Using Offshore Tax Havens for Privacy & Profit

19 Jul

Self Directed IRAEditorial Review

Why invest abroad? Today, growing numbers of investors are convinced that the U.S. is no longer the land of safety or opportunity when it comes to investments. They recommend that you research the country to which you entrust your holdings as carefully as you do your broker, banker, bond ratings or any investment.

Using Offshore Tax Havens for Privacy & ProfitEach country has different regulations, taxes and exchange restrictions – as well as limitations on personal freedoms of speech, privacy and petition of grievances – that will affect your decision about where to put your earnings. In this updated and revised edition of Using Offshore Havens for Privacy and Profit, Adam Starchild brings you up to date on the changes that have occurred in the high-stakes world of international investments, outlines the pros and cons of popular offshore havens and shares invaluable insights earned through a lifetime of financial planning. Expand your investment opportunities by finding out what the world’s smartest investors have been doing all along.

Using Offshore Havens for Privacy & Profit: Revised and Updated Edition

About the Author

Adam Starchild is the author of more than a dozen books and hundreds of magazine articles on international business and finance.

A tax haven is a jurisdiction where particular taxes, such as an inheritance tax or income tax, are levied at a low rate or not at all. It may also refer to a state, country, or territory which maintains a system of financial secrecy, which enables foreign individuals to hide assets or income to avoid or reduce taxes in the home jurisdiction. Earnings from income generated from real estate (i.e. by renting property owned in an offshore jurisdiction) can also be eliminated in this way. If taxes (if any) are paid in the tax haven jurisdiction, companies can avoid taxes in their home jurisdiction because the tax had already been paid in the lower tax rate jurisdiction. Some taxes (such as inheritance tax on the real estate, VAT on the initial purchase price of the real estate, or transfer tax, annual immovable property taxes, and municipal real estate taxes) cannot be avoided or reduced, as these are levied by the country the real estate where the property is located, and hence need to be paid just the same as any other resident of that country. The only thing that can be done is picking a country that has the smallest rates on these taxes (or even no such taxes at all) before buying any real estate.

Individuals or corporate entities may establish shell subsidiaries or move themselves to areas with reduced or no taxation levels relative to typical international taxation. This creates a situation of tax competition among jurisdictions. Different jurisdictions may be havens for different types of taxes, and for different categories of people or companies. According to FBAR lawyer reports, sovereign jurisdictions or self-governing territories under international law have the power to enact tax laws affecting their territories, unless limited by previous international treaties.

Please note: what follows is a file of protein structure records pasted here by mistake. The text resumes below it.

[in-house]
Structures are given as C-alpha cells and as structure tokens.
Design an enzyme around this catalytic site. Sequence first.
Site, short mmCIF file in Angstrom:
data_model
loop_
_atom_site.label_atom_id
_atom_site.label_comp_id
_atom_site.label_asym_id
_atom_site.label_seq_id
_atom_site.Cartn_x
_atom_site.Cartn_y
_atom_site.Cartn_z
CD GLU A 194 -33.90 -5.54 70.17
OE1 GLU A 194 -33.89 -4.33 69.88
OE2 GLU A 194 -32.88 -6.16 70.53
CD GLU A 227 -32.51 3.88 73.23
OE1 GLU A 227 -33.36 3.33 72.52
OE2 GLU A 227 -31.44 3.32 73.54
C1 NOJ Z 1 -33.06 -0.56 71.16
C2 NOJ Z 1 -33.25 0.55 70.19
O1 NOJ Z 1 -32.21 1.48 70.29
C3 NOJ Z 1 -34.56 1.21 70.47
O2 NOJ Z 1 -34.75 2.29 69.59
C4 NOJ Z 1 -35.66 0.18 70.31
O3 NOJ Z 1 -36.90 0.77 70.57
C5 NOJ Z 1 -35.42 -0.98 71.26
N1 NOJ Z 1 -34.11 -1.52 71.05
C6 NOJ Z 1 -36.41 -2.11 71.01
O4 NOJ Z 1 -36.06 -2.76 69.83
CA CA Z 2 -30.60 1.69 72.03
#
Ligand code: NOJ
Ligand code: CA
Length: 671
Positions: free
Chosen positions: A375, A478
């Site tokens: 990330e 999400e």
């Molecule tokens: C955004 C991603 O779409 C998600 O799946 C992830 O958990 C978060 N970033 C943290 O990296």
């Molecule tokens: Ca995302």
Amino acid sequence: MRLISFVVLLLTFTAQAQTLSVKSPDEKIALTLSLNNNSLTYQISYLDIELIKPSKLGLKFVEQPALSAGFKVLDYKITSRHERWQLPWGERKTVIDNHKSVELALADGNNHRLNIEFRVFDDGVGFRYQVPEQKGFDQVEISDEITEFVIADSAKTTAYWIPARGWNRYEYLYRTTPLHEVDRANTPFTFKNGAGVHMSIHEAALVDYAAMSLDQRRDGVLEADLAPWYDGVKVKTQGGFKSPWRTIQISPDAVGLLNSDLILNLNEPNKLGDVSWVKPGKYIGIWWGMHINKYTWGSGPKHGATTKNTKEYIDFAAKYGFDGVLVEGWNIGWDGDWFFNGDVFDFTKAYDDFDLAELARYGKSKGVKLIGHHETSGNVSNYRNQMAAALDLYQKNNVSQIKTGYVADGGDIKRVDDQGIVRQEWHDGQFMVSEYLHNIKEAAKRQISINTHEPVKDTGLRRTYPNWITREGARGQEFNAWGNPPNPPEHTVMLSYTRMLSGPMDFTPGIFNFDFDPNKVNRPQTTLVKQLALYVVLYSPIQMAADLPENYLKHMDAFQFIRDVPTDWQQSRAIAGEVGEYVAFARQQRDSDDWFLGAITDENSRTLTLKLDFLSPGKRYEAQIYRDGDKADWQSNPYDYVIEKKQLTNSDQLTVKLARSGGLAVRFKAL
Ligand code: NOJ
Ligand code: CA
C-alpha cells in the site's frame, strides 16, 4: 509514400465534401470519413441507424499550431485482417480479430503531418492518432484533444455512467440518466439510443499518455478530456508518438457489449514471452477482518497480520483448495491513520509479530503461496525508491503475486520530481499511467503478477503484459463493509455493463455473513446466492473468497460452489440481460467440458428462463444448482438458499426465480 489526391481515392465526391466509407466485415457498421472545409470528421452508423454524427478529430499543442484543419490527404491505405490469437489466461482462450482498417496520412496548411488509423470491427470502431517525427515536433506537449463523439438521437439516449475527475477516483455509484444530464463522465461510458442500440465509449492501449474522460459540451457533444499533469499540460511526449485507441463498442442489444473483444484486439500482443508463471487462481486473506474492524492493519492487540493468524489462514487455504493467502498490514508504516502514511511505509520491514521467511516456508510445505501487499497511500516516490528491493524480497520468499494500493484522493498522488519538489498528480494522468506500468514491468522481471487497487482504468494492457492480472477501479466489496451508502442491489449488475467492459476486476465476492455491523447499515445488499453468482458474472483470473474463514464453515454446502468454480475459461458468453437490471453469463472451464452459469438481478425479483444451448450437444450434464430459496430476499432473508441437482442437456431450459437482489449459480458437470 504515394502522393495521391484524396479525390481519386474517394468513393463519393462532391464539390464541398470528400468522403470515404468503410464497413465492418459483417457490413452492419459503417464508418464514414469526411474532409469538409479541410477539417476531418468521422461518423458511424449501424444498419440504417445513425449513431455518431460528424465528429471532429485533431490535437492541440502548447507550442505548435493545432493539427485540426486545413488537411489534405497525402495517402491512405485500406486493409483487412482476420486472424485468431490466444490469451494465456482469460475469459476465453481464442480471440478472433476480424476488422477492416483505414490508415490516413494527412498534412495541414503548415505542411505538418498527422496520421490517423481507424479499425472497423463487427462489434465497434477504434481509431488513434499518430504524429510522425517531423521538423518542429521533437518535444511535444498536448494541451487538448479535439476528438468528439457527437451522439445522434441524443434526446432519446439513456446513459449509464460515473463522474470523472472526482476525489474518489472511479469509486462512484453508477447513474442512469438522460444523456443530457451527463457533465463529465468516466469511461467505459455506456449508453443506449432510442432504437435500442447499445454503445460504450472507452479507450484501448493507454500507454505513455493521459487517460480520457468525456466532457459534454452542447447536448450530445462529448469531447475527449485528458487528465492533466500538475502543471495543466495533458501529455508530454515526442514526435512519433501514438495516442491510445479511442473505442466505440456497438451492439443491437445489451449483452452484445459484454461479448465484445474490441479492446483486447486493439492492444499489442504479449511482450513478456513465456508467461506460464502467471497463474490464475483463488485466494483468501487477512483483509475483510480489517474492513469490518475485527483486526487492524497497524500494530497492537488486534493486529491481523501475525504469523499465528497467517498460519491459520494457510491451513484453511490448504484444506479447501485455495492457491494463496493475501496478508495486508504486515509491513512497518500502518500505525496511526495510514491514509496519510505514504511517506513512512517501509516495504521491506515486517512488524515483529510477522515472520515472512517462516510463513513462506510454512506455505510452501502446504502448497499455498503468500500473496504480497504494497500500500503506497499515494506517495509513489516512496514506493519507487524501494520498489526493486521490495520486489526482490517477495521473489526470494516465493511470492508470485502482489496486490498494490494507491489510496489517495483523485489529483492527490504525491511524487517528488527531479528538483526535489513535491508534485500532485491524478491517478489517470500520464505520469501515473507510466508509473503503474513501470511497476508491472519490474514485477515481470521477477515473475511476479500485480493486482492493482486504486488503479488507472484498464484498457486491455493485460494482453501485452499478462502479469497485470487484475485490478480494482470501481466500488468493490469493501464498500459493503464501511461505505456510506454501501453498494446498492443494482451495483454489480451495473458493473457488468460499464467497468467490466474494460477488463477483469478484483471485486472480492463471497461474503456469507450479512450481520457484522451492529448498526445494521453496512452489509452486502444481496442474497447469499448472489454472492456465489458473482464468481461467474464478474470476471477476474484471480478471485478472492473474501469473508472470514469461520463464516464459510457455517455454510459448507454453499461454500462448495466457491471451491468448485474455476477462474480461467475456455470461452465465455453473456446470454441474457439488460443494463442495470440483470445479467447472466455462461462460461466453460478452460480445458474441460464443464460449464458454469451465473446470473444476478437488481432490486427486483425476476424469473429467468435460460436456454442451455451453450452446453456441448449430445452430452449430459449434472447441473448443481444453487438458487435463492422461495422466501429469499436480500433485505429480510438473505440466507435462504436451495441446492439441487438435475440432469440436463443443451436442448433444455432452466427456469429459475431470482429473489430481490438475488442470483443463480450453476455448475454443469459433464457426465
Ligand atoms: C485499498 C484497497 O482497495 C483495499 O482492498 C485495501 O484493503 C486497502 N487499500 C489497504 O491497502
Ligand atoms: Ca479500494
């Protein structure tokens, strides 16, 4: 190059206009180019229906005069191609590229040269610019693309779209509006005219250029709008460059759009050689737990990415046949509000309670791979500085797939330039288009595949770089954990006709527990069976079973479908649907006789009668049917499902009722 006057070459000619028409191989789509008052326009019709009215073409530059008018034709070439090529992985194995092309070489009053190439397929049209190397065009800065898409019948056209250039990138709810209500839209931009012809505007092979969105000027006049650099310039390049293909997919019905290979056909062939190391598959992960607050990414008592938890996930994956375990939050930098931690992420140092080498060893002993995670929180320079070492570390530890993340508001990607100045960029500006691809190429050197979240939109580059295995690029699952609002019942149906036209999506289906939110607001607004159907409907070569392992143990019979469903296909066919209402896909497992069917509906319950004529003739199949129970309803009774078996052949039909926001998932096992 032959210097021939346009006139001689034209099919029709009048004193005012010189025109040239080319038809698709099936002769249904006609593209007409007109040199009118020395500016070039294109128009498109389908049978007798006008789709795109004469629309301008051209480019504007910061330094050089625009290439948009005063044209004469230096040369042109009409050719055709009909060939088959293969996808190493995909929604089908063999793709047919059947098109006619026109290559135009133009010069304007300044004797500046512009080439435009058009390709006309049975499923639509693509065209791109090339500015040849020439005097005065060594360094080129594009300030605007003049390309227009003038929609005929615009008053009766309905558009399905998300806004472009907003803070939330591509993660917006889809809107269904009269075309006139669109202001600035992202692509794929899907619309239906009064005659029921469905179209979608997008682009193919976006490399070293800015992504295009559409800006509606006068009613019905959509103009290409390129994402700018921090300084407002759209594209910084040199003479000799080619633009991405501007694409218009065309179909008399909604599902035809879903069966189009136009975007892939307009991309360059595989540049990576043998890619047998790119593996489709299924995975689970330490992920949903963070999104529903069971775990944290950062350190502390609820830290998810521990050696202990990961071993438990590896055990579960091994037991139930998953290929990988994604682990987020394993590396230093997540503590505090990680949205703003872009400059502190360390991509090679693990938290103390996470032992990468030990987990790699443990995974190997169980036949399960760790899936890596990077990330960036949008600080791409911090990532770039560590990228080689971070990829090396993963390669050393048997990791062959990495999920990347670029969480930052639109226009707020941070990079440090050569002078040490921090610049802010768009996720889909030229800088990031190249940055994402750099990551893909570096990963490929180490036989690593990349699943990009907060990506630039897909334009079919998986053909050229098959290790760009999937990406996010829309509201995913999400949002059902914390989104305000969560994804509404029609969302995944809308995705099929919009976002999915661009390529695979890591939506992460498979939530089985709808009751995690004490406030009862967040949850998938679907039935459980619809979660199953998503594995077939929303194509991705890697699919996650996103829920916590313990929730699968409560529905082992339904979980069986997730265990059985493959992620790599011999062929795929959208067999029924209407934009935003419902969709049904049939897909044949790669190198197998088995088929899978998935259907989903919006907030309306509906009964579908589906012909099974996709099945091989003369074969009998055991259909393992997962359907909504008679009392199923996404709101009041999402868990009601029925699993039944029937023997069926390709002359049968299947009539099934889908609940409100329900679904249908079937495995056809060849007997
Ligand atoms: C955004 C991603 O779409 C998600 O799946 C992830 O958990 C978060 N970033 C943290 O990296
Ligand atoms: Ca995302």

A 2012 report by the British Tax Justice Network estimated that between US$21 trillion and $32 trillion is sheltered from taxes in unreported tax havens worldwide. If such wealth earns 3% annually and such capital gains were taxed at 30%, it would generate between $190 billion and $280 billion in tax revenues, more than any other tax shelter. If such hidden offshore assets are considered, many countries with governments nominally in debt are shown to be net creditor nations. However, despite being widely quoted, the methodology used in the calculations has been questioned, and the tax policy director of the Chartered Institute of Taxation also expressed skepticism over the accuracy of the figures. Another recent study estimated the amount of global offshore wealth at the smaller—but still sizable—figure of US$7.6 trillion. This estimate included financial assets only: “My method probably delivers a lower bound, in part because it only captures financial wealth and disregards real assets. After all, high-net-worth individuals can stash works of art, jewelry, and gold in ‘freeports,’ warehouses that serve as repositories for valuables—Geneva, Luxembourg, and Singapore all have them. High-net-worth individuals also own real estate in foreign countries.” A study of 60 large US companies found that they deposited $166 billion in offshore accounts during 2012, sheltering over 40% of their profits from U.S. taxes.

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